Tate & Lyle Sugars is seeking 35m in compensation from Brussels over the revised EU sugar laws.
The sugar giant claims it has been badly affected by the reduced volumes of cane sugar in the EU caused by strict import arrangements imposed in 2006.
Under the rules, sugar can only be imported from certain developing countries, predominantly in Africa, the Caribbean and Pacific regions.
This had left the company with a shortfall in supply, forcing it to start closing its Thames refinery at the weekends from January this year. The plant, which used to operate 24/7 and produce 1.1 million tonnes of sugar a year, now only ran at 60% to 70% capacity, the company said.
“The Commission is forecasting imports of 1.65 million tonnes more than a million tonnes of shortfall,” Ian Bacon, president of Tate & Lyle Sugars warned. “The refining sector in Europe has a capacity to refine 3.5 million tonnes. We and all other refineries are about a third short.”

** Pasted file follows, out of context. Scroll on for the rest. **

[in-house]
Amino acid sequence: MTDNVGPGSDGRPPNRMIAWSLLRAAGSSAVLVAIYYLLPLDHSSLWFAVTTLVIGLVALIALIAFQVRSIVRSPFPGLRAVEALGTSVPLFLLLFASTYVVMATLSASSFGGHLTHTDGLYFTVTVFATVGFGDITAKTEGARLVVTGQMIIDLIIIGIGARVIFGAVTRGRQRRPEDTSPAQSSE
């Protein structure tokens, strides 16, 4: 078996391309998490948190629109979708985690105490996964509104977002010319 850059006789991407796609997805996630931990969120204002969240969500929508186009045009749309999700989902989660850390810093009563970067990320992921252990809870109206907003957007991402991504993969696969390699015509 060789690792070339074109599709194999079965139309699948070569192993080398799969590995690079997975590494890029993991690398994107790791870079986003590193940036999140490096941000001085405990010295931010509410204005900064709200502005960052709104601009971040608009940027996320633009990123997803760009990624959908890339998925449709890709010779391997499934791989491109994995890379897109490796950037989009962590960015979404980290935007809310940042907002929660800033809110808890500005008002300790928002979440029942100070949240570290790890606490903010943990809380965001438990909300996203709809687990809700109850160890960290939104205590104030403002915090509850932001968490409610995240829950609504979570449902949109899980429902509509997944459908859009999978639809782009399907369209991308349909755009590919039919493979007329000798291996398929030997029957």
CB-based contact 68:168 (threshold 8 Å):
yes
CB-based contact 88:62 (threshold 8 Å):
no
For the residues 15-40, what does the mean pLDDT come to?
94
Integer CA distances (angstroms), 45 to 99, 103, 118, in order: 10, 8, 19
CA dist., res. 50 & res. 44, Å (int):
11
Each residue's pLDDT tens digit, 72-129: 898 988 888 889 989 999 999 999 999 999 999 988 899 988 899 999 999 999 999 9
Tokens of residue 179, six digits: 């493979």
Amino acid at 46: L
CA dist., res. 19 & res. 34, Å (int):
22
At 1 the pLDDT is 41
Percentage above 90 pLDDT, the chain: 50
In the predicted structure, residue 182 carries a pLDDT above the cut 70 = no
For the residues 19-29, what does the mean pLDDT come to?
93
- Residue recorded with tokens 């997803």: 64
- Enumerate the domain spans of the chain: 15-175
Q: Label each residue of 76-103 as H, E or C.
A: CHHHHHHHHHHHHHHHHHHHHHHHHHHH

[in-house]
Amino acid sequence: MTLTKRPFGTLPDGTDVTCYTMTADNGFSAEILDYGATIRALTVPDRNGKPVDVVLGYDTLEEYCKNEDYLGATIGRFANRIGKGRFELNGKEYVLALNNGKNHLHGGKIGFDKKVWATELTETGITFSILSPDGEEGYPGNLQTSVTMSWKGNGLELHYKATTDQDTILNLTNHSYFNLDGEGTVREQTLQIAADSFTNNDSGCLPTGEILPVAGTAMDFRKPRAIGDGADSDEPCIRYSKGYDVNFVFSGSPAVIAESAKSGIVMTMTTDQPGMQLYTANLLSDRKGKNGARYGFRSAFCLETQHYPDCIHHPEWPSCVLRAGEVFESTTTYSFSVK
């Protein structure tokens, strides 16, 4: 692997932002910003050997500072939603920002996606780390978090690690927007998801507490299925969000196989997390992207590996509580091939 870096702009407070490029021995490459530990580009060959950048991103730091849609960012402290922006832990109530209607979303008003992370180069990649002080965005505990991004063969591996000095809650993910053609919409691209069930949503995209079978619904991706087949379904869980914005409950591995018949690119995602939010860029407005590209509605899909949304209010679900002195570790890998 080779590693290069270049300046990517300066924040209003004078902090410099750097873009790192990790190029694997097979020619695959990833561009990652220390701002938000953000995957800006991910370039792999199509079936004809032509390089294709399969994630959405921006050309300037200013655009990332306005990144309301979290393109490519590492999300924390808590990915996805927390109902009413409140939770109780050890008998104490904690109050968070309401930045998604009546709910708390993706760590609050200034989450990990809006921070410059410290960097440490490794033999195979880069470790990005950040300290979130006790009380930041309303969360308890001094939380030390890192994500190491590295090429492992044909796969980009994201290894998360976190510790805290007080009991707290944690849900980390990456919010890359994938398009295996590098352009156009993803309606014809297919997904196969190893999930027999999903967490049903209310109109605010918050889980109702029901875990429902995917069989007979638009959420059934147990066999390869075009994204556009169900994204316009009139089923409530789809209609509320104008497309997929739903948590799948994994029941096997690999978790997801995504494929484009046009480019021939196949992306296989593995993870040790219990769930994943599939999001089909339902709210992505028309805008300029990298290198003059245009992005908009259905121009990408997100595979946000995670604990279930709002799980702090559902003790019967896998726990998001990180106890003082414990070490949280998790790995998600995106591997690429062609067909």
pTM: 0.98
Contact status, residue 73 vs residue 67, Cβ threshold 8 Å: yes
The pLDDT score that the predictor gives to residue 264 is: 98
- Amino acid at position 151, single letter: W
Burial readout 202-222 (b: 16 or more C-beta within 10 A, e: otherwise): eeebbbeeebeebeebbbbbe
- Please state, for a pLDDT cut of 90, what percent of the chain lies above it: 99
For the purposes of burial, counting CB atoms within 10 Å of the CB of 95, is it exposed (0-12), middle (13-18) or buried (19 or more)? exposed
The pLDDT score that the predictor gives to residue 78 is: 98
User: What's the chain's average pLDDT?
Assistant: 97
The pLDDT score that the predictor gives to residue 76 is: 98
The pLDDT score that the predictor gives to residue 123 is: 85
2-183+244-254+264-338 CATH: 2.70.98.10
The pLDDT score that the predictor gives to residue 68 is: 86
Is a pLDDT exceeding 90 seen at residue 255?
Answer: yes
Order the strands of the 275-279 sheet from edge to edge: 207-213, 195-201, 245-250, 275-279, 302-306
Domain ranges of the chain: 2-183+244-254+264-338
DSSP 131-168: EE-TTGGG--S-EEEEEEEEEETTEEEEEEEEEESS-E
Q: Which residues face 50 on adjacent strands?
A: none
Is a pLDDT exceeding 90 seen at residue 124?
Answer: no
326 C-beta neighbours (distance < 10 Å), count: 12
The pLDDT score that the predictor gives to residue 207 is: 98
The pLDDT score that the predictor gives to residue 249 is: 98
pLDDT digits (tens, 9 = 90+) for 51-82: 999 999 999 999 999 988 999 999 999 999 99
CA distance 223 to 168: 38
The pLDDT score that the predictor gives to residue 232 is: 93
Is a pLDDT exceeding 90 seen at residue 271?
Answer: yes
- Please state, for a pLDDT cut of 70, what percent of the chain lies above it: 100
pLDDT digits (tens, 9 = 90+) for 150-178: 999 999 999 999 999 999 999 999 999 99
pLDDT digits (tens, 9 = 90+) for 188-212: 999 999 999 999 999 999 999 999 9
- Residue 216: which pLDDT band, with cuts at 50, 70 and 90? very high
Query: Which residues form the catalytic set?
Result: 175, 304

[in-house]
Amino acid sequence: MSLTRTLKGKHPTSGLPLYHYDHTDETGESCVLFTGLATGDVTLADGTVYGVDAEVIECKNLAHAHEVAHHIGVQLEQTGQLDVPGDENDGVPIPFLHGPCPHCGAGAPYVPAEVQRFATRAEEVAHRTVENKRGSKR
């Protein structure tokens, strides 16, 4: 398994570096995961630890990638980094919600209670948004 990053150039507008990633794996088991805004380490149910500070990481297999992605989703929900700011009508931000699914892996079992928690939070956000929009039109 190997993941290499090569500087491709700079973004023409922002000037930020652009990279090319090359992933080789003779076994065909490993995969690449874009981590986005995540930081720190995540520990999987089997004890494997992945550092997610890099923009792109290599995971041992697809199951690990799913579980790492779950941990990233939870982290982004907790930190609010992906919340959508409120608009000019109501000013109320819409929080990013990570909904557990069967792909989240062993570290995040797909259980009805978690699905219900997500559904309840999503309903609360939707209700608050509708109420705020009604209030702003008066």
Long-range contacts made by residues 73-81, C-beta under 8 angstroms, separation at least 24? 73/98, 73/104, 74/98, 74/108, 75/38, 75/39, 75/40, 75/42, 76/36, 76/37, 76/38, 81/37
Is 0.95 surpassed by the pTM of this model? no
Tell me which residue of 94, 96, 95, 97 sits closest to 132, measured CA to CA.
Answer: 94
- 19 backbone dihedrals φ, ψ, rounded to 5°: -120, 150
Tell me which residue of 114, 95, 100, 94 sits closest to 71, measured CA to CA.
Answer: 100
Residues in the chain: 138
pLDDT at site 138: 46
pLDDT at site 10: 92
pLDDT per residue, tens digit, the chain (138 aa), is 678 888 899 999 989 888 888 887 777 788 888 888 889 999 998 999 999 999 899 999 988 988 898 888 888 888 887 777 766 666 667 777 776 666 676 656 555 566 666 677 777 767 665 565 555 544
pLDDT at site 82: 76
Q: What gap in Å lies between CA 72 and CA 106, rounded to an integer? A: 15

Details of Tate & Lyle’s legal action emerged in the Official Journal of the EU. The move follows revelations in The Grocer that food suppliers had called on the EU to help them in the wake of shortages and soaring prices (The Grocer, 13 August, p6).
A Defra spokeswoman said high world market prices and inflexible EU regulations had led to unacceptable shortages for British manufacturers.
More than one million extra tonnes of sugar would now enter the market thanks to the UK’s successfully lobbying of the EU to take emergency measures, including the suspension of import duty on specific categories and introduction of some zero-duty and reduced duty import quotas, she added.
Tate & Lyle said the extra sugar only amounted to four days’ supply. But an EC spokesman said: “The Commission has responded to this exceptional situation by taking measures aimed at allowing sufficient quantities to be available on the EU markets.”